One of the best reasons to visit Belgium is for its chocolate, which according to many connoisseurs is the best in the world. Once a treat for the rich, chocolate in Belgium has grown to become something that is now to be enjoyed by all. Wherever you go in Belgium, be it the capital city of Brussels or the small town of Bouillon, you are bound to find a chocolatier, or chocolate maker, close by. In fact, you’d be hard-pressed to find a city or town here without some sort of chocolate-based operation. Shops galore can be found in Belgium selling this savory delight, which is so good that you’ll have to keep reminding yourself to go slowly. Whatever you do in Belgium, be sure to try at least one praline during your trip. Pralines are divine little candies, and they consist of chocolate shells that are filled with either a nut or cream paste. A Belgian favorite since 1912, pralines are decadent indeed, and thankfully they are easy to find.
While you can duck into any number of chocolate shops for a quick fix during your Belgium vacation, such as the ones at the Grand Place in Brussels, you will also want to consider enjoying one or more Belgium chocolate tours. When visiting a Belgium chocolate factory, like Roose’s Chocolate World in Brugge, you’ll not only get to learn about the history of the company and how they make their chocolate, but you’ll also get to taste the final product, which is the main highlight. In addition to Belgian chocolate tours that are offered at a Belgium chocolate factory, you can also enjoy ones that are offered at a museum. The Museum of Cacao and Chocolate in Brussels is an ideal Belgium museum where chocolate is king. This museum is just a short walk from the central Grand Place and is a great place to learn about the complete history of chocolate. The delectable and addictive praline is also covered in the museum’s exhibits, and you’ll even have the chance to watch a master chocolatier put on an informative demonstration. Should your sweet tooth be hounding you during your visit to this museum, there is a small shop onsite where you can buy some tasty chocolate.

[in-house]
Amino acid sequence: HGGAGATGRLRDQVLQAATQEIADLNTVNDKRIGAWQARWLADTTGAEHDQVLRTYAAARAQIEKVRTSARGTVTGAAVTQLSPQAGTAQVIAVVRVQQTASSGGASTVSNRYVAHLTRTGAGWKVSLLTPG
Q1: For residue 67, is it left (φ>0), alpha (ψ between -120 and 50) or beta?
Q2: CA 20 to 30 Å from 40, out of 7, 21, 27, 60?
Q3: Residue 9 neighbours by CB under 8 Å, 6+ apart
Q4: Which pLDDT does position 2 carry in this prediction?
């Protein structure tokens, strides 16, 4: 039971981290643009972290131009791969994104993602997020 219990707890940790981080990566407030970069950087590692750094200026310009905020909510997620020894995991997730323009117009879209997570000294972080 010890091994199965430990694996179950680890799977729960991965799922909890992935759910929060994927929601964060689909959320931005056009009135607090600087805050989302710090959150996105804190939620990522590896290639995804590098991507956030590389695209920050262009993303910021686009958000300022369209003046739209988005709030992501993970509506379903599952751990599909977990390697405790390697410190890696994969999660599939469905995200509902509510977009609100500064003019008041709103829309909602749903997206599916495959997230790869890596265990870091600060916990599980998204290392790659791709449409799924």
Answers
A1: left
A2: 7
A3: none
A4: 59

In the lovely Belgian city of Brugge, another excellent chocolate museum awaits those who are interested in Belgium chocolate tours. Choco-Story, as this museum is called, is found just a few blocks north of Burg Square in the heart of Brugge. You’ll learn all about the history of chocolate here as well, and just like at the Museum of Cacao and Chocolate, you can take in a chocolate-making demonstration. The free samples that are offered to visitors should be enough to tempt you to include the Chocolate Museum (Choco-Story) in your Brugge itinerary. As for Belgian chocolate tours at a Belgium chocolate factory, often times they are reserved for groups, who must make arrangements in advance. Such is the case at Le Chocolatier Manon in Brussels, for example, and the aforementioned Roose’s Chocolate World in Brugge. Other times, the Belgium chocolate factory that you visit is little more than a shop. That shop will have a kitchen of course, which is where its hard-to-resist treats are prepared.
One of the most renowned chocolate shops in all of Belgium is Dumon, which is found in Brugge. There are multiple reasons why Brugge is Belgium’s top tourist destination, and the Dumon chocolate shop is one of them. Another top Belgium chocolate producer is Godiva, which is also based in Brugge. For other top Belgian chocolate brands, Hans Burie, Guylian, Neuhaus, Galler, and the aforementioned Chocolatier Manon are all worth checking out. Of course, you really don’t have to stick to these names exclusively. The Belgian government regulates chocolate production, which means that finding a bad batch is pretty much impossible. Whether you enjoy Belgian chocolate tours at a Belgium chocolate factory, head to a Belgium chocolate museum, or simply opt to see what the individual Belgium chocolate shops have on hand, you’ll enjoy the experience. For those who are really serious about Belgian chocolate, extended Belgium chocolate tours that include a bunch of stops at museums, factories, and shops around the country are something to consider.